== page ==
Team Me: Do You Make the Cut? 

On a mother-daughter trip to San Diego to celebrate completing third grade, Zoe grew quiet and serious.

“Mom, I need to tell you something? You know Jan?” For the slightest of moments I took my eyes off the road. Jan, one of her best friends and my surrogate daughter had been in our lives steadily for the past four years, since her mother and I connected at their Kindergarten open house. 

“Yes?” I answered concerned, wondering where this was going. 

Zoe laser focused on me, “I’m not going to be friends with her anymore.”

In my mind I immediately expected this to be a momentary break — after all, they were eight-year-old girls. 

“She says things to me that are supposed to be nice, but they’re really not,” her seriousness caught me off guard. I wasn’t ready to lose Jan. Sure, they weren’t ideal together — Jan could be tough and Zoe was sensitive, but still, I jumped into damage control. 

“Yeah, but you love Jan,” I insisted, hoping this was some passing pre-adolescent annoyance. 

Zoe wavered, staring out the window but then she turned back to me resolute, “Nope. I’m done. She doesn’t make me feel good about myself.” 

That conversation marked the end of a four-year friendship, and true to her word, when fourth grade began, Jan was no longer a part of Zoe’s inner circle. 

Nine years later, my daughter is as certain of her boundaries in friendship as she had been that day. It took me a lot longer to develop that kind of clarity about what I wanted and needed in my friendships. 

Here is what I decided:

  • People had to be squarely on my side; 
  • They had to be Team Stephanie, no exceptions; and
  • I excluded people pleasers, fair-weather friends and frenemies from my “squad.”

Today my roster of girlfriends is deep and committed. But this didn’t come naturally to me. 

When I met my first father-in-law, I was thrilled, expecting to finally have the bond I never had with my own male parent. Instead, he hated me on sight. He had a vision of whom his son would marry and I was not even in the ballpark. Over family dinners he’d ask inappropriate questions, hoping to eliminate me from his son’s life; what salary did I make as a writer? How come my parents were not married? Did I realize that I had nothing in common with his son?  

It took years for me to understand that he shined a light on the places where I did not feel worthy or lovable, but he did not create them. He only scratched away the scab of old wounds that were already there. I could not hate this man. He had raised an amazing son and daughter into competent, happy human beings. The intimacy between the four members of his family sparked my envy even as it created a force field that kept me out.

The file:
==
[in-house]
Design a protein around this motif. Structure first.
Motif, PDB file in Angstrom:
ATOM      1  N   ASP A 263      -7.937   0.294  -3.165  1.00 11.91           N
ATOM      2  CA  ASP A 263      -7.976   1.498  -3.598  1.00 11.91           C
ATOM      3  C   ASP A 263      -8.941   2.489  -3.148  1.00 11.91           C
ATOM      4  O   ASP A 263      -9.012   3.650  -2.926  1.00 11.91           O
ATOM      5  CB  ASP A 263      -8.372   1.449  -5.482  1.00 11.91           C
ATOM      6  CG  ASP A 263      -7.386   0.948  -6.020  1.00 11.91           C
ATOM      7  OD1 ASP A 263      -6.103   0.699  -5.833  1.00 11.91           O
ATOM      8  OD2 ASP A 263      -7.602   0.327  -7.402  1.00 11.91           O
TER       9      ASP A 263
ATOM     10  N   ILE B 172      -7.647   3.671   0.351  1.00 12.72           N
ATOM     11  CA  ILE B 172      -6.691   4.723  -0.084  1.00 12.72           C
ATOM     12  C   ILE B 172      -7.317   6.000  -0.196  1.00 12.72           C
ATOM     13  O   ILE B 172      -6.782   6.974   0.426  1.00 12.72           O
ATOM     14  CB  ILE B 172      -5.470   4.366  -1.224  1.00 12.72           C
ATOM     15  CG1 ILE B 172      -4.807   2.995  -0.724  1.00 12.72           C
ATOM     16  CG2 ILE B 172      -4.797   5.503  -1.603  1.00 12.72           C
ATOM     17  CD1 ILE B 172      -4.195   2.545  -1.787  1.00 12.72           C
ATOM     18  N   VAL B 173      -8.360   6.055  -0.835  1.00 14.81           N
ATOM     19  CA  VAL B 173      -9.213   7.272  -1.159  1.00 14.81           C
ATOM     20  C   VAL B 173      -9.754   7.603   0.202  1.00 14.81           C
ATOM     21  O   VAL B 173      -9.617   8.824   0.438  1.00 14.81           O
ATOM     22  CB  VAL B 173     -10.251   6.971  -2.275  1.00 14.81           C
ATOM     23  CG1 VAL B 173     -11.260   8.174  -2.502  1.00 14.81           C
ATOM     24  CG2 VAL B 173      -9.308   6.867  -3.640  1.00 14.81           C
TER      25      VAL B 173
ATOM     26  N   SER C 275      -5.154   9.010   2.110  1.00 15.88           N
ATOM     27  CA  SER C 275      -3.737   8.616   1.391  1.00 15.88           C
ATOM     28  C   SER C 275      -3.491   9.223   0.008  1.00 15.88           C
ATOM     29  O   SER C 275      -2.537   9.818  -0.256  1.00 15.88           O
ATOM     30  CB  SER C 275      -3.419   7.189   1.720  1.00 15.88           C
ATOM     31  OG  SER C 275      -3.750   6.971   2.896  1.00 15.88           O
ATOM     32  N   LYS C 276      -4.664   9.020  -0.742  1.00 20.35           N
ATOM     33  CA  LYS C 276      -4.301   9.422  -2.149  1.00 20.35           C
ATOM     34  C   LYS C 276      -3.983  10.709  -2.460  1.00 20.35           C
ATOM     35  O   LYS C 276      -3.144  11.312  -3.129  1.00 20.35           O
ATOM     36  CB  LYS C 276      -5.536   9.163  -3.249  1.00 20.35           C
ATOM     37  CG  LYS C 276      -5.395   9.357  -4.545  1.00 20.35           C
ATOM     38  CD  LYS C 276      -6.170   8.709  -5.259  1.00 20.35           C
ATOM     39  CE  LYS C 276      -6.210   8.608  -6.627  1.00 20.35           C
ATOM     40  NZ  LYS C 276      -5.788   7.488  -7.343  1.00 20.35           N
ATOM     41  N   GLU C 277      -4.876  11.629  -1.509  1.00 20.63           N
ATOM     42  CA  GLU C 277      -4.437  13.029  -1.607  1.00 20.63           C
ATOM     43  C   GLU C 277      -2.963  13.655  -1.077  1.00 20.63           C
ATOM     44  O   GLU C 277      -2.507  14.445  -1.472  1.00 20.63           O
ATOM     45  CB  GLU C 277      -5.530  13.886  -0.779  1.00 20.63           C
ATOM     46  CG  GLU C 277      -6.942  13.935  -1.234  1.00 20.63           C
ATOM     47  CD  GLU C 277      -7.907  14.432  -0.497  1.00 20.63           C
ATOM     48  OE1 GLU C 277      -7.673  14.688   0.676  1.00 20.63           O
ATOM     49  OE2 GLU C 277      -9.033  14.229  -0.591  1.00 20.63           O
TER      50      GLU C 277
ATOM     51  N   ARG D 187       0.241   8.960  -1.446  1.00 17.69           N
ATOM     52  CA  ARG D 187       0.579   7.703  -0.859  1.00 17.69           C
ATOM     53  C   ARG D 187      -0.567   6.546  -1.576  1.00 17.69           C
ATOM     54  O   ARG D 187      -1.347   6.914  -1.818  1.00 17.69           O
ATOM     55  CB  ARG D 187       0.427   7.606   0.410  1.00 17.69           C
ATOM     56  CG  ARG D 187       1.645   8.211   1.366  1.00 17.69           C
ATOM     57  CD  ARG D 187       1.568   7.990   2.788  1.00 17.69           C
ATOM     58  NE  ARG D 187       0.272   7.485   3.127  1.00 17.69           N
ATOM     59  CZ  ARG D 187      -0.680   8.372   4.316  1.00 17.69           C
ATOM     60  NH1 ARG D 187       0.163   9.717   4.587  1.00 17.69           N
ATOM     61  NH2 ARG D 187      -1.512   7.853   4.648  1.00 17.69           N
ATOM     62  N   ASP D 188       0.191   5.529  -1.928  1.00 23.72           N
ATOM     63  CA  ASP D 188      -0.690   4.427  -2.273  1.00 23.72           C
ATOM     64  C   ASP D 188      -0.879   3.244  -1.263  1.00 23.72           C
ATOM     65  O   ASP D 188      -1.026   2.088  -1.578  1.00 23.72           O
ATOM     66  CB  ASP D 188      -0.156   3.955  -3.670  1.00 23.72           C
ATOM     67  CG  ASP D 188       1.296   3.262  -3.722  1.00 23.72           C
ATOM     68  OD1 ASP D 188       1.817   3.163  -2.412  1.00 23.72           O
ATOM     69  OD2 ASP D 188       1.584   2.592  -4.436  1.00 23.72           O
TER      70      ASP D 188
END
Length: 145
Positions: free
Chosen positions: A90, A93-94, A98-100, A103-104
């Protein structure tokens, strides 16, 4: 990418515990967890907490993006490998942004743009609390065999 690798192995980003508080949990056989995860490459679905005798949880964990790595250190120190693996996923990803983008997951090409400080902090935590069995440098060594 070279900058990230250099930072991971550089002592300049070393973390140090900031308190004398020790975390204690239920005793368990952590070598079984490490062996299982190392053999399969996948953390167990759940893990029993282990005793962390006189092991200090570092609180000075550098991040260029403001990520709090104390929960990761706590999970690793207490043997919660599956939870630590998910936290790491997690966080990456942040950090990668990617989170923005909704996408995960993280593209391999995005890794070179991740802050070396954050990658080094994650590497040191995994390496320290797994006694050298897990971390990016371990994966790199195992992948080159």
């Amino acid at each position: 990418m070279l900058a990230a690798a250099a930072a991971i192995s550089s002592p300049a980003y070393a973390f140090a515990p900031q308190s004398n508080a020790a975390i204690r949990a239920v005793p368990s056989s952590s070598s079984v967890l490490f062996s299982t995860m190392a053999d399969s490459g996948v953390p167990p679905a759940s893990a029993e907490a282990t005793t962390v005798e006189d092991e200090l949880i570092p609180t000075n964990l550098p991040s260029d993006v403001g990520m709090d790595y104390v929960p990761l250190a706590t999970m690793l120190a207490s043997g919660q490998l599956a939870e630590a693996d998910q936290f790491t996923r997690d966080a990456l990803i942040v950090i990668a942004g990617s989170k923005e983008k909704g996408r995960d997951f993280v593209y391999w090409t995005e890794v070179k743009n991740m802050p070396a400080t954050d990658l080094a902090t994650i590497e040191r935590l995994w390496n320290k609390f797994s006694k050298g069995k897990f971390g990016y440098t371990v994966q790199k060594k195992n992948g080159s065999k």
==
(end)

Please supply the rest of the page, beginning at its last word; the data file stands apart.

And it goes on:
By the time my marriage imploded I had decided that I didn’t care if my father in-law liked or loved me. The truth was, I didn’t particularly care for him based on how he treated me. That marked the end of me allowing anyone to treat me callously, without respect and dignity.

Suddenly, I refused to let anyone highjack my self-esteem and make me feel bad about myself for sport. Those people no longer had a place in my life. My relationship with my father in-law helped me understand my unresolved issues with my own father that had led me into a family that didn’t know my worth. That only came after I realized that I had become my own kryptonite. The reasons I attracted people who thought badly about me was because not too deep down, I thought badly about myself. And I needed to stop — to let go of the limiting beliefs that I wasn’t lovable. Once I did, my whole life began to shift to a better place.

I remarried and of course, it made sense that my new in-laws were incredibly warm, loving and inclusive. My new father in-law took me aside to tell me that he believed I was the best thing that had ever happened to his son and I know he means it.

Now my father in-law, mother in-law and sister-and brother in-law are all my family. I’m the same person today but the way I feel about myself is mirrored in the healthy, loving relationships I have. I am Team Stephanie, first and foremost, and my support team is lined up beside me.

Everybody on Team Stephanie must be committed to being their best selves and that includes growing, which means growing pains, but we do it together. We have each other’s backs. Like my daughter Zoe, I only choose people who make me feel good about myself. And if you have a team, you’d want me — Team Stephanie is a ride or die option.